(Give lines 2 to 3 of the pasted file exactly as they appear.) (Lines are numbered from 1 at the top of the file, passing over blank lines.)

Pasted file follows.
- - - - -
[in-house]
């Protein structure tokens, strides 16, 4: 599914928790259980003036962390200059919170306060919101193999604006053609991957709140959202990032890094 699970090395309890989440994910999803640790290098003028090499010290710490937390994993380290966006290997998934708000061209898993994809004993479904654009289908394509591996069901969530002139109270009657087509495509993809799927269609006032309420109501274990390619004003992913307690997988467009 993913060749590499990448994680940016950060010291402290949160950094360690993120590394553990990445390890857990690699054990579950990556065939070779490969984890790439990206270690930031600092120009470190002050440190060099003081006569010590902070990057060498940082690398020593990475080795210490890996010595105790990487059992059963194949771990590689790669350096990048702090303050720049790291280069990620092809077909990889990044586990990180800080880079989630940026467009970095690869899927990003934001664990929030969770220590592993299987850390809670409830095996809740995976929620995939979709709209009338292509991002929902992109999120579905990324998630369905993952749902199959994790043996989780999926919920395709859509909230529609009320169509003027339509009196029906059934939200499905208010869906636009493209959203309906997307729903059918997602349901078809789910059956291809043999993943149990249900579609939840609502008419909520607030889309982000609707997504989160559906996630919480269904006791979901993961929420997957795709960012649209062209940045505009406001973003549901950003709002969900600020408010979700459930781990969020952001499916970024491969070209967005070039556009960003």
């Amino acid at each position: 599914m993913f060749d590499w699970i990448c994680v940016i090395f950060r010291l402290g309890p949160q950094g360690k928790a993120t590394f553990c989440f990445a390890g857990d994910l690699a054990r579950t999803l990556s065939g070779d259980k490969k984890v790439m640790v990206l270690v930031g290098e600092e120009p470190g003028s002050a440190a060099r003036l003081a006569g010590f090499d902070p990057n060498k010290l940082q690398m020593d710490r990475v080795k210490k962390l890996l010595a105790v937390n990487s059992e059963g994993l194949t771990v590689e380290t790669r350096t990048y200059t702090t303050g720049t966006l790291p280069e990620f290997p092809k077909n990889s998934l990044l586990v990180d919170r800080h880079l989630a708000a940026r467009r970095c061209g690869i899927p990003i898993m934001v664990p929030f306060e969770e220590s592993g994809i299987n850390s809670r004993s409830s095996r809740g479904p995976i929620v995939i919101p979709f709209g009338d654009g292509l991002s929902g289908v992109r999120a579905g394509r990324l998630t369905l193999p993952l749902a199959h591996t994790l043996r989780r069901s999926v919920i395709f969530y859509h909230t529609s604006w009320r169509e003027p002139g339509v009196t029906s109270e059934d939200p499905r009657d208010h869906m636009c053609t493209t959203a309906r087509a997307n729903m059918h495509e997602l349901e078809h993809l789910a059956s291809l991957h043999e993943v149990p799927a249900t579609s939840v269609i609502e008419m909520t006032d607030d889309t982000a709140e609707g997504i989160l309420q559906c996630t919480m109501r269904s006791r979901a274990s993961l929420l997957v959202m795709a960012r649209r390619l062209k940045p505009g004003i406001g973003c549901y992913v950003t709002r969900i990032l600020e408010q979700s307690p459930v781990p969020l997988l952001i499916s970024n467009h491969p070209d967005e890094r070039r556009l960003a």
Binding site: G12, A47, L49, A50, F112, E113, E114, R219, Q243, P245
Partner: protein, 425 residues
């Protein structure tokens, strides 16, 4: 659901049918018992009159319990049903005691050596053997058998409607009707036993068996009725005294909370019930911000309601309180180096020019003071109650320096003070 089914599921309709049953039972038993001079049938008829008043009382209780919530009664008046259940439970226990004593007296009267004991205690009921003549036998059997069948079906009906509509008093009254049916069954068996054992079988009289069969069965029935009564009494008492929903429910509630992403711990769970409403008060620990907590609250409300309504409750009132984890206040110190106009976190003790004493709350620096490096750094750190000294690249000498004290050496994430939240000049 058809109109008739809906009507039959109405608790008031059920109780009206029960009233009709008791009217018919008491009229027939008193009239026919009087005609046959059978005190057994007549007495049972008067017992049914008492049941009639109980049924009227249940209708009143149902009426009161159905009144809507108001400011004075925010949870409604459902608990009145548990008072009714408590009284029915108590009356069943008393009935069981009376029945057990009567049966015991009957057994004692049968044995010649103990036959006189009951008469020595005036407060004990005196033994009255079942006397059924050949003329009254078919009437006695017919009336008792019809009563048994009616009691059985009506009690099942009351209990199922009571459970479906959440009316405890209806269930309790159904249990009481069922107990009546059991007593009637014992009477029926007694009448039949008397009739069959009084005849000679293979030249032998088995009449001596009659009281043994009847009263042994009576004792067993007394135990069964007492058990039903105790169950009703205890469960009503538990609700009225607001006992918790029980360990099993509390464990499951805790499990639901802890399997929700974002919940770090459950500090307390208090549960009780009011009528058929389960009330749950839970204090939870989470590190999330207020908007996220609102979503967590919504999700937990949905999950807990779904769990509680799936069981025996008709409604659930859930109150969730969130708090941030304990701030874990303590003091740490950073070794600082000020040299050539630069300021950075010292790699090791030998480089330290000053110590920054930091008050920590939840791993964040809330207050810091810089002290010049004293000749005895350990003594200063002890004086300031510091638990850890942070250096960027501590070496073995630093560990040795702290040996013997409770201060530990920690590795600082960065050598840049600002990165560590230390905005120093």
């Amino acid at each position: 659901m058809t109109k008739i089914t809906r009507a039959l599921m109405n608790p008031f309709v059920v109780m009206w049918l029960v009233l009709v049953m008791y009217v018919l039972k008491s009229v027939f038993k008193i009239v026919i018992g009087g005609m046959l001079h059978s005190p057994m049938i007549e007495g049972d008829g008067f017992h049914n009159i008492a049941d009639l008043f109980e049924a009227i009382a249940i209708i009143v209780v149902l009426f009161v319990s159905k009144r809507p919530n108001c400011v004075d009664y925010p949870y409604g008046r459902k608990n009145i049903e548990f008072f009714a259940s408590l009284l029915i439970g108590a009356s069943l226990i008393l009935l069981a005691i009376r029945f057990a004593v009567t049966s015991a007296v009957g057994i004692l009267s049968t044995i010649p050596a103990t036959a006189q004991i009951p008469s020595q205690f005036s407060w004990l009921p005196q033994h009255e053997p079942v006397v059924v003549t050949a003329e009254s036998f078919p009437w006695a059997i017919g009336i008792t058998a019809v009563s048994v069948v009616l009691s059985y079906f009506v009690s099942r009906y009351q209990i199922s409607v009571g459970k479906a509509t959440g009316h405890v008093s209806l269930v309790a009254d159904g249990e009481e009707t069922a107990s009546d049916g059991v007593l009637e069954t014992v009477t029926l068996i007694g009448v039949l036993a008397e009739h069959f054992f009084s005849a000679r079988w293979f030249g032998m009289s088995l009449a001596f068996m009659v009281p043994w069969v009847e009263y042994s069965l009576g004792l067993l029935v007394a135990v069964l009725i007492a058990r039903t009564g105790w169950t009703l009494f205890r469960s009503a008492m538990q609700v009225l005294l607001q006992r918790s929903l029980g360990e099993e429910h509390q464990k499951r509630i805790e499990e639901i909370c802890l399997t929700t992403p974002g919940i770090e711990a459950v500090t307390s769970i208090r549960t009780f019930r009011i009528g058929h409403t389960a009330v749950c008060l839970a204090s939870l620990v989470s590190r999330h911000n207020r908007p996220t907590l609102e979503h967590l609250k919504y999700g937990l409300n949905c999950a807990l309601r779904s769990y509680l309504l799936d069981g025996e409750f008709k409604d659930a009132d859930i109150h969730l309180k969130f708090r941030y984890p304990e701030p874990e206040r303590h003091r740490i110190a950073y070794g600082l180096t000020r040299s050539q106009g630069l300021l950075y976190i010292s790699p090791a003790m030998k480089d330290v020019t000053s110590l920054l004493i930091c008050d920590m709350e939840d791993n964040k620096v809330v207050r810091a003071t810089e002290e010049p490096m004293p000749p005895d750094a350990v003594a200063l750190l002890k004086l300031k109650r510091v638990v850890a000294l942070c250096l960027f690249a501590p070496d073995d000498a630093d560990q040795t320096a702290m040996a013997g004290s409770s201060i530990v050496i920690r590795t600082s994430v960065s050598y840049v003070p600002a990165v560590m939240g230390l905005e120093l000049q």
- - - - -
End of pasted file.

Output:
């Protein structure tokens, strides 16, 4: 599914928790259980003036962390200059919170306060919101193999604006053609991957709140959202990032890094 699970090395309890989440994910999803640790290098003028090499010290710490937390994993380290966006290997998934708000061209898993994809004993479904654009289908394509591996069901969530002139109270009657087509495509993809799927269609006032309420109501274990390619004003992913307690997988467009 993913060749590499990448994680940016950060010291402290949160950094360690993120590394553990990445390890857990690699054990579950990556065939070779490969984890790439990206270690930031600092120009470190002050440190060099003081006569010590902070990057060498940082690398020593990475080795210490890996010595105790990487059992059963194949771990590689790669350096990048702090303050720049790291280069990620092809077909990889990044586990990180800080880079989630940026467009970095690869899927990003934001664990929030969770220590592993299987850390809670409830095996809740995976929620995939979709709209009338292509991002929902992109999120579905990324998630369905993952749902199959994790043996989780999926919920395709859509909230529609009320169509003027339509009196029906059934939200499905208010869906636009493209959203309906997307729903059918997602349901078809789910059956291809043999993943149990249900579609939840609502008419909520607030889309982000609707997504989160559906996630919480269904006791979901993961929420997957795709960012649209062209940045505009406001973003549901950003709002969900600020408010979700459930781990969020952001499916970024491969070209967005070039556009960003």
């Amino acid at each position: 599914m993913f060749d590499w699970i990448c994680v940016i090395f950060r010291l402290g309890p949160q950094g360690k928790a993120t590394f553990c989440f990445a390890g857990d994910l690699a054990r579950t999803l990556s065939g070779d259980k490969k984890v790439m640790v990206l270690v930031g290098e600092e120009p470190g003028s002050a440190a060099r003036l003081a006569g010590f090499d902070p990057n060498k010290l940082q690398m020593d710490r990475v080795k210490k962390l890996l010595a105790v937390n990487s059992e059963g994993l194949t771990v590689e380290t790669r350096t990048y200059t702090t303050g720049t966006l790291p280069e990620f290997p092809k077909n990889s998934l990044l586990v990180d919170r800080h880079l989630a708000a940026r467009r970095c061209g690869i899927p990003i898993m934001v664990p929030f306060e969770e220590s592993g994809i299987n850390s809670r004993s409830s095996r809740g479904p995976i929620v995939i919101p979709f709209g009338d654009g292509l991002s929902g289908v992109r999120a579905g394509r990324l998630t369905l193999p993952l749902a199959h591996t994790l043996r989780r069901s999926v919920i395709f969530y859509h909230t529609s604006w009320r169509e003027p002139g339509v009196t029906s109270e059934d939200p499905r009657d208010h869906m636009c053609t493209t959203a309906r087509a997307n729903m059918h495509e997602l349901e078809h993809l789910a059956s291809l991957h043999e993943v149990p799927a249900t579609s939840v269609i609502e008419m909520t006032d607030d889309t982000a709140e609707g997504i989160l309420q559906c996630t919480m109501r269904s006791r979901a274990s993961l929420l997957v959202m795709a960012r649209r390619l062209k940045p505009g004003i406001g973003c549901y992913v950003t709002r969900i990032l600020e408010q979700s307690p459930v781990p969020l997988l952001i499916s970024n467009h491969p070209d967005e890094r070039r556009l960003a």